When you combine these two aspects…toughness and professionalism…you are fighting as a tennis player. These concepts are so important for Apex tennis players to understand because this is what we want to be known for as a program. Not the program of big forehands, not the program of numbers, not even the program of tennis championships…we want to be known as the program who has a collection of the hardest fighters. If we have the toughest, most professional, and biggest fighters in the state, country, and world — then we all win. Even more important, is the principles of being tough, professional, and fighting translate over to every aspect of life outside of tennis. These ideas go far deeper than just playing and winning tennis matches. We hope that every single person associated with Apex makes the personal dedication to become a better tennis player through toughness, professionalism, and fighting.

Winning Mindset

Screen Shot 2016-04-08 at 2.49.06 PM

The key to peak performance, as a tennis athlete, is your mind! Your winning mindset is about developing a “habitual mental attitude” that will respond to situations in the right way and allow you to win more often.

 

Although you may spend hours preparing strokes for competition and developing strategies, it could all be lost during the match without the right mindset. Despite all your preparations, you may find yourself losing to what you might perceive as being a “lesser” opponent.

 

Ron Waite, certified USPTA tennis instructor, advises that “the first realization that each of us must accept is that there really are no truly ‘lesser’ opponents.” As soon as you assume that you “should” beat an opponent, you are setting yourself up for disappointment. Anything can happen in a match. You can’t expect what you’ve seen or experienced in the past to be a predictor of what will happen in the present match.

 

“This concept of not expecting the past to influence the present is a key concept in competitive tennis.” – Ron Waite

 

To have a winning mindset you must think positively and focus on one point at a time. With this frame of mind you’re less likely to wonder to negative thoughts of “what if I miss this first serve” or “I can’t lose this next point.” Stay focused on what you want to achieve not what could go wrong.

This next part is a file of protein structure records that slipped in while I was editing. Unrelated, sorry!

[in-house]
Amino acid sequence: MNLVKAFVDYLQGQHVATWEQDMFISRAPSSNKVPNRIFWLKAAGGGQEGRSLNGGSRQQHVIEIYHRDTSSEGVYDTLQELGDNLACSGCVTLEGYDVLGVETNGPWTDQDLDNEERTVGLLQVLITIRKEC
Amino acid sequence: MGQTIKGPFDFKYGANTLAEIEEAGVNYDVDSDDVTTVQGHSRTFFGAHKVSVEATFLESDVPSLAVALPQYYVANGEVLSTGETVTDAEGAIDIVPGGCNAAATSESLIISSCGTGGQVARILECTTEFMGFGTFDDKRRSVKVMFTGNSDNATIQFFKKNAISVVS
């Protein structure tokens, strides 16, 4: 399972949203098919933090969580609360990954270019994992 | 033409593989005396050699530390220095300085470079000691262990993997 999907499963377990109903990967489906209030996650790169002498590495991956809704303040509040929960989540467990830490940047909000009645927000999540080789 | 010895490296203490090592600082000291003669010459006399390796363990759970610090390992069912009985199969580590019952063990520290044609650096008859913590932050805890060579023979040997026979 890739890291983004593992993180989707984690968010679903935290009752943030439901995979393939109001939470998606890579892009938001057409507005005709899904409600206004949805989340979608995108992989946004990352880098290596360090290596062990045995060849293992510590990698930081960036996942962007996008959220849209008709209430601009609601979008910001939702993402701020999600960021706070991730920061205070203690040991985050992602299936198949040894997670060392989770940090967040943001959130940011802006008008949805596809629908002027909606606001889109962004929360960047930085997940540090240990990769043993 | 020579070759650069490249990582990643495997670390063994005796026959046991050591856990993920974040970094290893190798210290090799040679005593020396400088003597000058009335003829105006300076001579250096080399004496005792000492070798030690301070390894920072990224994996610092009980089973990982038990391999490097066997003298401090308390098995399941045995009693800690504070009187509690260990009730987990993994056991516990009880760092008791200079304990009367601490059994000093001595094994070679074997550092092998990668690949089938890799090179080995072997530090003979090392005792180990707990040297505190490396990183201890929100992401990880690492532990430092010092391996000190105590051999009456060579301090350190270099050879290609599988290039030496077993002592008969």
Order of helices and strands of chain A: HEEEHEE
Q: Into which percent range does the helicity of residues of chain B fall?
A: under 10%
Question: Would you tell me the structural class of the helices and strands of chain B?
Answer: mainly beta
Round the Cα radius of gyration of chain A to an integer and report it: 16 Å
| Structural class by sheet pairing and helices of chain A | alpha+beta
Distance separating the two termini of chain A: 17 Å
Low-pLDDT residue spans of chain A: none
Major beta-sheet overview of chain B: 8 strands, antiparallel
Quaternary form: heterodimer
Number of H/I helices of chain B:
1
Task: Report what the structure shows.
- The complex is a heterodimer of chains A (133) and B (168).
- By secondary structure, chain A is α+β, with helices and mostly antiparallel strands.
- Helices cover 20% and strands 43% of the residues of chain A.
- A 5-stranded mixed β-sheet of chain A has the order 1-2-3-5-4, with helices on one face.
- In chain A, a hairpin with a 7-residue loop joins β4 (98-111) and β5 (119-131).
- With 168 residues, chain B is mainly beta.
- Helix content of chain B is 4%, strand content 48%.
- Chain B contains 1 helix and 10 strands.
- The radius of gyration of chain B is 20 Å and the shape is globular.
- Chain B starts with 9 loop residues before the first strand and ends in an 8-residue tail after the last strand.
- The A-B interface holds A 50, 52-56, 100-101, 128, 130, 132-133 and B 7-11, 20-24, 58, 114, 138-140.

Players who have a winning mindset and possess that mental edge over their opponents will make better split second decisions about shots and be able to respond in a more calculated way to the many “quick changes” occurring throughout a match.

 

All great tennis players have certain characteristics and qualities, in common, that assist them in developing a winning mindset for tennis success. These players have a commitment to excellence, dedication, a strong work ethic and a strong resistance to any difficult situations that may get in their way.

 

Self-Confidence

Successful tennis players believe in themselves. This self-confidence does not waiver when they are placed in a stressful situation. Instead, it allows them to remember that they have succeeded when faced with obstacles before.

 

A belief that there is always a way to win

Despite being met with opponents of great skill, champion tennis players always believe there is a way to win. They continually seek ways to turn things around within in the match to their favor and experiment with new tactics.

 

Maintain Composure

Great tennis players maintain their composure during extreme adversity. They rarely panic or become flustered. They stay positive and act confidently to handle the stress that comes their way.

 

Learn from each experience

Successful tennis players learn from each match. They improve and win the next time they are faced with a similar opponent. They are not afraid of criticism and continually seek advice and feedback.

 

 

The key to improve your mental tennis game is to identify the factors of the game that you can control and focus less on the one’s that are out of your
control.

 

 

Fayetteville Athletic Club has a large tennis program, accommodating people of all ages and levels. If you’d like to learn more about our tennis lessons and teams contact Drew Sosebee at APEXTennis1@gmail.com.

Connection of Practice & Tournaments

1.) Do the small things right at practice. There are obvious things you should do at every practice, like give good effort, but the small details might make all the difference. Starting behind the line for every suicide, having proper technique during the warm up, or staying focused while hitting serves. 5-5 deuce is just one point but it is a very important point. All the small details might seem unimportant, but if you want to win the 5-5 deuce point, you need to take care of the minor details.

2.) Have a competitors mentality. Do you hope for easy practices or fitness sessions? Do you hope for easy draws or defaults? You might need a mentality adjustment.

3.) Do things right when no one is looking. Some of us want to give great effort at the tournaments or while a coach/parent are present but how we are preparing while no one is watching will determine how we do in the tournaments we play.

4.) Hit the ball in practice that you will hit during your tournament.

Just Make Balls

What Does it Mean to Make Balls?

  • Know your ability level and stay within it.
  • Your ability level is a combination of how hard you can hit the ball and how close to the line you can hit.
  • All tennis players should constantly be improving their ability level and re-evaluating where you are.

How Can you Get Better at Making Balls?

  • Admit if you are losing matches because of consistency.
  • Hit the ball at practice that you will hit in your tournaments.
  • Start thinking about your mistakes like this…(1) Do I need to put more spin on the ball? (2) Do I need to aim further from the line?
  • Over the course of time — due to getting bigger, faster, stronger, and logging practice hours — slowly start increasing the speed of the ball you hit and how close to the line you hit.
  • Continue re-evaluating what your abilities are factoring all relevant factors — time off, weather, situational tennis…